Cơm Tấm History and Origin | What is Broken Rice?

Cơm tấm is pure gastronomic pleasure: barbecued pork on broken rice, topped with a fried egg and other accoutrements. Saigon and cơm tấm are inseparable: the two most distinctive smells in this city are exhaust fumes and grilled pork.” -Vietnam Coracle

Broken rice is a traditionally cheaper grade of rice produced by damage in harvest, milling or transport. It is mainly used as a food industry ingredient in America and Europe, but is eaten in Southeast Asia. Broken rice is fragmented and there is nothing wrong with it. Due to the different size and shape of the grains, broken rice has a different, softer texture from “unbroken” rice and absorbs flavours more easily. It cooks faster and can be used to make rice porridges and congees, which need long cooking times. The broken varieties are often less expensive and have historically been preferred by poorer consumers, but they are also eaten by choice. Some cookbooks even describe how to break unbroken rice to produce the desired texture or speed of cooking.

 

In Vietnam, cơm tấm is a popular rice dish with pork. “Tấm” refers to the broken rice grains, while “cơm” refers to cooked rice. Also known as ‘cơm tấm Sài Gòn’ as it is particularly served in Saigon, now known as Ho Chi Minh City.

 

“Cơm tấm is pure gastronomic pleasure: barbecued pork on broken rice, topped with a fried egg and other accoutrements. Saigon and cơm tấm are inseparable: the two most distinctive smells in this city are exhaust fumes and grilled pork.” -Vietnam Coracle

In the past, the fractured grains were difficult to sell because most people preferred to eat the long, whole grain rice. With their broken rice unsold, farmers traditionally would use it as animal feed. However, food is rarely wasted in Vietnam and, at some point, farmers and poor families (who could afford the broken grain) began to cook it for their own consumption. They would eat this cheaper rice with egg and bits of meat. Nowadays, broken rice is often favoured over long grain rice for its texture and is no longer considered “poor man’s food”.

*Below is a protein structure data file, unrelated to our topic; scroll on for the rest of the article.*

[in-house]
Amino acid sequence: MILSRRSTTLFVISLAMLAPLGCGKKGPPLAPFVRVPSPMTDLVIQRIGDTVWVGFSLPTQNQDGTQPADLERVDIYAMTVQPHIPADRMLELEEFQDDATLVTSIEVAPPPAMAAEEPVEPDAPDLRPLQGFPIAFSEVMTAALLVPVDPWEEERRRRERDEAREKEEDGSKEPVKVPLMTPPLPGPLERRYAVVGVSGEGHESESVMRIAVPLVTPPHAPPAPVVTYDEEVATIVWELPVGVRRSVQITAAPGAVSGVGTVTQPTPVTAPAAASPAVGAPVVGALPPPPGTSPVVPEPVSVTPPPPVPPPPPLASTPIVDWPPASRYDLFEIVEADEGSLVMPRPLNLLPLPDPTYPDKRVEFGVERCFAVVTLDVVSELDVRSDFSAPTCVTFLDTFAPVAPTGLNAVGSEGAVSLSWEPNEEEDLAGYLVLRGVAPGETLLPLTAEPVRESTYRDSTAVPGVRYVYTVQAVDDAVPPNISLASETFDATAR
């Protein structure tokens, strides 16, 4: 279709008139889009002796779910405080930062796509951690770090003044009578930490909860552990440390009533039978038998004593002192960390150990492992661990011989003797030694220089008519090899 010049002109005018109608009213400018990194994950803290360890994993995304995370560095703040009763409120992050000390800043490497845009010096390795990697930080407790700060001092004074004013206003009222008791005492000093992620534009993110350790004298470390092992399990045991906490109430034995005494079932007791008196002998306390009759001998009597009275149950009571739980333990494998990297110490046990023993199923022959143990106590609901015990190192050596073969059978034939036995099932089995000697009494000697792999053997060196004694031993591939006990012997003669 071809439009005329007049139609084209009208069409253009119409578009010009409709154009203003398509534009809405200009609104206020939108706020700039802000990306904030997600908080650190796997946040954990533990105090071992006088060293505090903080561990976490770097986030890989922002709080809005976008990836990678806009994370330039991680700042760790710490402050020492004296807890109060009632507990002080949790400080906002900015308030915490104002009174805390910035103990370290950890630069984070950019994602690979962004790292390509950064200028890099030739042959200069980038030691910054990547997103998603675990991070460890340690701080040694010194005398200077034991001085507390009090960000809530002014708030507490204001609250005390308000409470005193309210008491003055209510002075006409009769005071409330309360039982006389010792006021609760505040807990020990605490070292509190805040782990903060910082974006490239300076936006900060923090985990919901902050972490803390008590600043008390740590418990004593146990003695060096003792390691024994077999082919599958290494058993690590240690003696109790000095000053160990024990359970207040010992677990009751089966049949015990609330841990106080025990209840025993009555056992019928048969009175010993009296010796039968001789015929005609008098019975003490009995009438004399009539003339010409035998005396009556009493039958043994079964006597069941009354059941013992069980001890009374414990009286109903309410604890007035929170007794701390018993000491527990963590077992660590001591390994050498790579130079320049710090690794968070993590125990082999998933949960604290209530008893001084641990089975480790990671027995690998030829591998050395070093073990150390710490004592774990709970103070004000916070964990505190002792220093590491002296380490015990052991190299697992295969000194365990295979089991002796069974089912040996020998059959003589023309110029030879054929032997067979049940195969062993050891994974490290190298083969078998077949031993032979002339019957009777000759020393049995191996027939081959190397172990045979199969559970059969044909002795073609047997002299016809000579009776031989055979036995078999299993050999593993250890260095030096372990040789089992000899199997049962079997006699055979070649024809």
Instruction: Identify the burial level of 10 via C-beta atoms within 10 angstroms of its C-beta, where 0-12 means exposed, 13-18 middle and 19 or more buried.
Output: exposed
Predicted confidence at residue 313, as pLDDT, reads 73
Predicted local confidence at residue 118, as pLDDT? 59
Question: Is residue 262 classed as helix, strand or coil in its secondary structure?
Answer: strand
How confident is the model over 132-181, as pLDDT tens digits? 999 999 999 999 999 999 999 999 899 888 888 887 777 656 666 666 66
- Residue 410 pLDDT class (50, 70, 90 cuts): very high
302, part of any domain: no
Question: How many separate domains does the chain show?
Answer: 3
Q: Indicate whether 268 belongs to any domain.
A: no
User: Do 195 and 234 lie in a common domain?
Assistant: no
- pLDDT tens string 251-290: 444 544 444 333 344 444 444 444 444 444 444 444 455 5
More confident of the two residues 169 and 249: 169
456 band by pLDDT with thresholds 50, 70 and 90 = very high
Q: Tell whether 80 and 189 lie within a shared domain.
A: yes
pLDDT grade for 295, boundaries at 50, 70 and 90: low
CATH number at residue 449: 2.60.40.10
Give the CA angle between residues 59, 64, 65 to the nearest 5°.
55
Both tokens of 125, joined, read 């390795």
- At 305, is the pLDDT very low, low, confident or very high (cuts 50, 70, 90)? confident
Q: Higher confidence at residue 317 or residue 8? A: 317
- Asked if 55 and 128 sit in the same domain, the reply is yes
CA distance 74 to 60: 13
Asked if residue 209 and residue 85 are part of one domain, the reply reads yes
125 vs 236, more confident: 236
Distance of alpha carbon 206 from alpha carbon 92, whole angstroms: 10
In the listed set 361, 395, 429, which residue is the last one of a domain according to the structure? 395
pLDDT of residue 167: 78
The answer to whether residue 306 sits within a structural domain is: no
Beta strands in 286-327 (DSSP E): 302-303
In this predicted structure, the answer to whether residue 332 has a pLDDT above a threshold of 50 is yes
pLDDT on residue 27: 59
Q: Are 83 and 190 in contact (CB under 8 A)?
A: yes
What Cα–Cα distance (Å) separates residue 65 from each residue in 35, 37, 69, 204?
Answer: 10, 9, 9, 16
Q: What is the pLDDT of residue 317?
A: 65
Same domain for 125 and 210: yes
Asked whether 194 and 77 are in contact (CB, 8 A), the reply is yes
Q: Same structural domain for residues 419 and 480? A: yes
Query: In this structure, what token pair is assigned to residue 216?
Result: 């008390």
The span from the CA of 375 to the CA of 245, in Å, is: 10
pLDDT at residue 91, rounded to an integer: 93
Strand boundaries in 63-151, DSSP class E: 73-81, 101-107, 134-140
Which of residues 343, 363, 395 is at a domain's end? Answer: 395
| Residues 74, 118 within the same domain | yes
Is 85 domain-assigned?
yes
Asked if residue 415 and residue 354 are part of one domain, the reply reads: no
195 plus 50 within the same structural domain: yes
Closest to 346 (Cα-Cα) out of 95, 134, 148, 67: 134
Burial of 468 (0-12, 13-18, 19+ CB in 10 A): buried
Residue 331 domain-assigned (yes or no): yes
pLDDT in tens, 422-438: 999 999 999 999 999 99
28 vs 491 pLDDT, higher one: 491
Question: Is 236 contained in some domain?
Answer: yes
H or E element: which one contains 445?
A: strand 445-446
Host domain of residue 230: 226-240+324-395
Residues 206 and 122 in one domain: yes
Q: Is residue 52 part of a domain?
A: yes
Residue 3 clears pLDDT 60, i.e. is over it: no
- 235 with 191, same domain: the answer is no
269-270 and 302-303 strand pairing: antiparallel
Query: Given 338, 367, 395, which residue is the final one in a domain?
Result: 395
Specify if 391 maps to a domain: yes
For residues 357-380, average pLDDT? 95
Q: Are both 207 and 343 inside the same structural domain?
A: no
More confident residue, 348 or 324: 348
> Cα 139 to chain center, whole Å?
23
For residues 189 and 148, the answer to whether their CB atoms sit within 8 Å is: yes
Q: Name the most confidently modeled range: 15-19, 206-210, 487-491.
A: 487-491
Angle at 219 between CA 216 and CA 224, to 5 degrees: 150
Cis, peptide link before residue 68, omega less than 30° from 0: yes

When serving broken rice in combination plates, the rice should be moderately sticky. Many Vietnamese restaurants serve the broken rice shaped into a small dome. (This is done by filling a small rice bowl with cooked broken rice, pressing it gently into the bowl and then inverting onto a plate.) The rice dome is actually a really good test to see if the broken rice is cooked properly. The broken rice should hold its molded shape when you put your chopsticks or fork into it. If the rice spills onto your plate, it’s too dry. If it sticks together in one big clump, it’s too wet. Properly cooked broken rice is a bit drier than regular white rice but still fluffy and hearty – Trang of Runawayrice

Cơm tấm” has become a famous dish thanks to the a varied and sophisticated combination of toppings. It is usually served with grilled pork chop (“sườn nướng”), shredded pork skin (“bì”), steamed egg cake (“chả trứng”), sunny-side-up fried egg (“trứng ốp la”) over broken rice. The rice and meat are served with sides such as slices of fresh cucumber and tomato, pickles (“đồ chua”), and sauté green onions with crispy pork fat (“mỡ hành tóp mỡ”).

Typically, restaurants would serve this popular dish with a small bowl of nuoc cham (dipping sauce made from fermented fish sauce), as well as a small bowl of clear broth (canh) with garlic chives (to cleanse the throat).

 

In the beginning, Cơm tấm was only sold as breakfast, but due to rising demand of customers, is available the whole day. In Ho Chi Minh, late night broken rice shops (“Cơm tấm đêm”) are multiplying rapidly with increasingly diverse toppings

Want to try for yourself? Broken Rice is sold in Asian markets where various rice and grains are sold.

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